It was that time of the day when everything is luminous. There was a long dark cloud just behind the lighthouse and you were walking barefoot in the sand. The beach was not barren. A child of about two, a girl, was walking on her tip-toes at the water’s edge, dangling from her father’s hand. I could see, even from a distance, that you had entered that faraway place you imagined, somehow, that you could hide behind the loose strands of your hair. You didn’t know it then, but I didn’t need to see your eyes. Your tell was the way you held your head.
The little girl at the edge of the water made one of those shrieking noises that only toddlers can pull off as joy, and when I looked up I saw a Harbor Seal bobbing in the kelp-bed just offshore. It looked at me with eyes like two black plums. That’s when I remembered the Selkies. I tried to get your attention without alarming the seal and when you did look up at me you followed my finger to where I was pointing and at first you didn’t see it but then you did and I saw you smile. I wanted to tell you about the Selkies but you were too far away. You were looking down into the tide pools. I felt, in that moment, that I should stay in my land and let you stay in yours.
The seal’s head spun at the surface like something mechanical. And then it was gone. If it was some Protean princess I was sure she had sized me up as unworthy of the bother. It isn’t easy for them to transform. But Selkie women are legendary for making excellent wives. The Selkie men, they say, will answer the call of human women who live unsatisfying lives. To call a Selkie husband, a woman must shed seven tears into the sea. Was that what you were doing? For a moment I really did think I saw you cry. But you were laughing. You had poked your finger into the soft purple flesh of an anemone and when it closed suddenly you let out a little shriek of your own. It also came out as joy.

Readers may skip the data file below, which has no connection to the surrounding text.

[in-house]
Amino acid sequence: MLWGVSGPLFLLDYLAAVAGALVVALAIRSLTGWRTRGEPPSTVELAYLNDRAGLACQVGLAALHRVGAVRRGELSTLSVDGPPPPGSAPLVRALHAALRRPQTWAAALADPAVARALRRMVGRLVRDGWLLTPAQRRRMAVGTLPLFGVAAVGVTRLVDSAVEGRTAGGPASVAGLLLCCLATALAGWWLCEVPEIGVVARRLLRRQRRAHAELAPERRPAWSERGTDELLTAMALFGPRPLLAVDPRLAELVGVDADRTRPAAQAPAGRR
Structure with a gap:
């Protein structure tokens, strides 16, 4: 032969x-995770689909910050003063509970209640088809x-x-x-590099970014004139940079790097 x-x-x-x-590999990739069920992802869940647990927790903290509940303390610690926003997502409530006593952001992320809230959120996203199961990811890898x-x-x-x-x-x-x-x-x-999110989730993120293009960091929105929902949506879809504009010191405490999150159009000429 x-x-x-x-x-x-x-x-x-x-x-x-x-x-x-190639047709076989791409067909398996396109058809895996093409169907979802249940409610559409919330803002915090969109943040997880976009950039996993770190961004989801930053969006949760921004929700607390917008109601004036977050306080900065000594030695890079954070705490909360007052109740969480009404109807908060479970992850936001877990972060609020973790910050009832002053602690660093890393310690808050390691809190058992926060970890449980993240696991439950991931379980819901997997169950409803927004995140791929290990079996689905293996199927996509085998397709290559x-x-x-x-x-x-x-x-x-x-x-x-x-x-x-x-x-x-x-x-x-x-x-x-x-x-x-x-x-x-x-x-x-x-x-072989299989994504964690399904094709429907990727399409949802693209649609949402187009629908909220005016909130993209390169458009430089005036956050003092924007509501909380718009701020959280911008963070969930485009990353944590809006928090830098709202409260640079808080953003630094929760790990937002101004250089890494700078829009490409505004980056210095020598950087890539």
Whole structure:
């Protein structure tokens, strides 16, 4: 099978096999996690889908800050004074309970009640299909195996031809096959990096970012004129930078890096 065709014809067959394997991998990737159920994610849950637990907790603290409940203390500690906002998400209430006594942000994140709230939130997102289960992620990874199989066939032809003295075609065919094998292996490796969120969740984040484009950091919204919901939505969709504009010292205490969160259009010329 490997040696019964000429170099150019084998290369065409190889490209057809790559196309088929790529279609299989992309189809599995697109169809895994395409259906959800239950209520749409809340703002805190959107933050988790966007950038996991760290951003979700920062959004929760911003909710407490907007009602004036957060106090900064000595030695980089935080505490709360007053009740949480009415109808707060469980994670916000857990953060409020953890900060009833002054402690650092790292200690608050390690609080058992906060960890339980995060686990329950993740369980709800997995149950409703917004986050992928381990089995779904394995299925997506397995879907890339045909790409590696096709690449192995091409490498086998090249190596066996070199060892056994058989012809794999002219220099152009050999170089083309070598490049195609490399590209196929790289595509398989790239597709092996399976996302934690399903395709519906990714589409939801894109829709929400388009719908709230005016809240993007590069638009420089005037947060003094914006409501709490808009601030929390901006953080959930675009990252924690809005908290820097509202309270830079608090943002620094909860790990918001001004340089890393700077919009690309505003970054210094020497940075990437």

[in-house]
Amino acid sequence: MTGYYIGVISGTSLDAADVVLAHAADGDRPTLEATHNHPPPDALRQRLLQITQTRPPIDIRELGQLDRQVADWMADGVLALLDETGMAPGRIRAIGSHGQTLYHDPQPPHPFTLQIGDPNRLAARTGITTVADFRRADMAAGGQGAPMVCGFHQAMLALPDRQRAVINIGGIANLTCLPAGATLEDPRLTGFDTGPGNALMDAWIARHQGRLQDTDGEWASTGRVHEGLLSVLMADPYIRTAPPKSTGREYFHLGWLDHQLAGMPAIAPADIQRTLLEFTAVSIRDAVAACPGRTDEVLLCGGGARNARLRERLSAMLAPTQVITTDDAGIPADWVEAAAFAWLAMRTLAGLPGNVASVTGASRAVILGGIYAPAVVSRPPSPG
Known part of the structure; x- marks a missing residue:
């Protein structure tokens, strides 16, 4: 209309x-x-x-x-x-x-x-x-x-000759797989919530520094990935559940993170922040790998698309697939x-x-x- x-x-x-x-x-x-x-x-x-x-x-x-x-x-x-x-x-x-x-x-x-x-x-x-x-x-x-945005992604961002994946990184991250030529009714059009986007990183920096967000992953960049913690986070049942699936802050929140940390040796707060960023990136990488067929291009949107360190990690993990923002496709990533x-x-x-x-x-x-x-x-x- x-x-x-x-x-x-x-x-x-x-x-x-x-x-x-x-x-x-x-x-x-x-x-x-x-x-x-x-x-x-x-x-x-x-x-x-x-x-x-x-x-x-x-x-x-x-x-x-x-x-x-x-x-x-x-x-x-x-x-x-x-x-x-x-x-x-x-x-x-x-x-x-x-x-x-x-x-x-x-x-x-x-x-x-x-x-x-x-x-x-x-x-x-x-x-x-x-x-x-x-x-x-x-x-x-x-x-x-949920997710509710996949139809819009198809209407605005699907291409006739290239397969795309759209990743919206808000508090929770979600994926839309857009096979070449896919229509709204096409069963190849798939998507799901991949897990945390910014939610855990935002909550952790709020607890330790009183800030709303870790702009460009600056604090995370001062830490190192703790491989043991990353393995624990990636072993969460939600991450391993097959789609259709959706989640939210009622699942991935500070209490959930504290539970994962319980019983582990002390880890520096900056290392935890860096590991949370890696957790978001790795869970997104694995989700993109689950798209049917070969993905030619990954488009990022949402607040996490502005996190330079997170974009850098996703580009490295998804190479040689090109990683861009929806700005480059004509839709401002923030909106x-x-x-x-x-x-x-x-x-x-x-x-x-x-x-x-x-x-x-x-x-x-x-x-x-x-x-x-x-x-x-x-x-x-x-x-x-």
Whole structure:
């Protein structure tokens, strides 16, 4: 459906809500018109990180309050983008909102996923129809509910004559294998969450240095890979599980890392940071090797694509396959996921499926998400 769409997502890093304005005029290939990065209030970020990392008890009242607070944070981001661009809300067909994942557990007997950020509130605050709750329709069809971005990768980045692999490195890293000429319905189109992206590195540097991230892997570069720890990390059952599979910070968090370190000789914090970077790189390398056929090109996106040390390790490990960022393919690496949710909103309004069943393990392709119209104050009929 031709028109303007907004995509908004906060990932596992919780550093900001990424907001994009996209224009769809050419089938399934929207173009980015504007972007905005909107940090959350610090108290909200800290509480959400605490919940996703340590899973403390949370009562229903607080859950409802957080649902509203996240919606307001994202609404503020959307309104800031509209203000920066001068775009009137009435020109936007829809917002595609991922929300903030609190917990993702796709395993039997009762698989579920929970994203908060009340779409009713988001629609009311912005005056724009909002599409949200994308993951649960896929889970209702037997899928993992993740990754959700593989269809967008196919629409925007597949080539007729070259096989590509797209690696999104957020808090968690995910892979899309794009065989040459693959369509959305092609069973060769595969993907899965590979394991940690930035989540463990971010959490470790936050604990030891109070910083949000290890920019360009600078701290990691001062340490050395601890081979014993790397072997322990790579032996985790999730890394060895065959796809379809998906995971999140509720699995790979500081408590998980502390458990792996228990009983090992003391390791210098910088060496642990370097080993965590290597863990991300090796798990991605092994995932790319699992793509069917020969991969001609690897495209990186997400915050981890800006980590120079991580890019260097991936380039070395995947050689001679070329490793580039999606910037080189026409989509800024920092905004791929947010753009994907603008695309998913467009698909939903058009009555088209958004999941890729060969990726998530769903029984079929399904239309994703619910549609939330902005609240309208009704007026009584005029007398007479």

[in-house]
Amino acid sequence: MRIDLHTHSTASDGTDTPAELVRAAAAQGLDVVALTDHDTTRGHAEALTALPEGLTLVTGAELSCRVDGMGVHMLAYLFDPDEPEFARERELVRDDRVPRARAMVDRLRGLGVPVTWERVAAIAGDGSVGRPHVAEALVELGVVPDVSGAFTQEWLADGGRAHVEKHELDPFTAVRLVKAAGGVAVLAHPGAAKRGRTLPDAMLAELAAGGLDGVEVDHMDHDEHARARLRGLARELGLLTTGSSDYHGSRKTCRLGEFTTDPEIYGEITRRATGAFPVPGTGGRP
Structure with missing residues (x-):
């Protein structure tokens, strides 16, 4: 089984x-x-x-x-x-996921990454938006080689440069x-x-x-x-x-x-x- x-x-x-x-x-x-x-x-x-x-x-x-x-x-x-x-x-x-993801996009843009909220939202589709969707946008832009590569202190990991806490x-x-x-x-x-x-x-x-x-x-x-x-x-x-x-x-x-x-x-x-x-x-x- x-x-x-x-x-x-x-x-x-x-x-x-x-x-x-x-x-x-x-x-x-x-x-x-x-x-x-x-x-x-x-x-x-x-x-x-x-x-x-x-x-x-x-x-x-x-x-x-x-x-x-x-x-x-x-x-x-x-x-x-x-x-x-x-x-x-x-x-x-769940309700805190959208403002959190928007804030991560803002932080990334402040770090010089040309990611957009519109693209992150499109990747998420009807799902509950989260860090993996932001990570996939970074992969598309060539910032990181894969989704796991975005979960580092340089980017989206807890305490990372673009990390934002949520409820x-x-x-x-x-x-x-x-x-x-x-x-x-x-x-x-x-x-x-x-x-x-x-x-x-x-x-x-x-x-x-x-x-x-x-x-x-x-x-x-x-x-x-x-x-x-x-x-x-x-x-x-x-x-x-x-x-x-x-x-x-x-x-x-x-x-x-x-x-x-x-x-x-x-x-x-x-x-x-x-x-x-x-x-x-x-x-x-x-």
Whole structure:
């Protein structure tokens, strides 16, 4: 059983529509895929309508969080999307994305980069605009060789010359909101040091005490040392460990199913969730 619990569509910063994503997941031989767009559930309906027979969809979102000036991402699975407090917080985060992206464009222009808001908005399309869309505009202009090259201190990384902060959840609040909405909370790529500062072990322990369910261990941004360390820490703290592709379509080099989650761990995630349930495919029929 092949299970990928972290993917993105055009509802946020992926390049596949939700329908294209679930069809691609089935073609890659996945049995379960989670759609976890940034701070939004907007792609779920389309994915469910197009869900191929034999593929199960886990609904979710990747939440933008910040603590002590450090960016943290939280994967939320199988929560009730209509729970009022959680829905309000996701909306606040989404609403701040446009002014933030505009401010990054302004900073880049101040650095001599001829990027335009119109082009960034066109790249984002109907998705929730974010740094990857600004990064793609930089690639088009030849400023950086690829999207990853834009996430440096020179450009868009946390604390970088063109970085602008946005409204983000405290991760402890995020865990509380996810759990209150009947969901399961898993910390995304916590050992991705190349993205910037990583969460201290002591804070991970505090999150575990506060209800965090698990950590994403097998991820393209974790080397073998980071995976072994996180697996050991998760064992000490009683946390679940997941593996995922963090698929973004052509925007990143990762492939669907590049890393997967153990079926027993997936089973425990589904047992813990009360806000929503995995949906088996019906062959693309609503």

The little girl, the toddler, was riding on her father’s shoulders. They were looking for the seal. I could tell because he was pointing out at the water. I watched for it too but the seal never did resurface. You were squatting on the balls of your feet at the water’s edge, looking at something you found in the sand. It turned out to be this strange white plant with segmented branches. You were taking a photograph of it with your camera phone. I thought, perhaps, you might have been counting off your falling tears.
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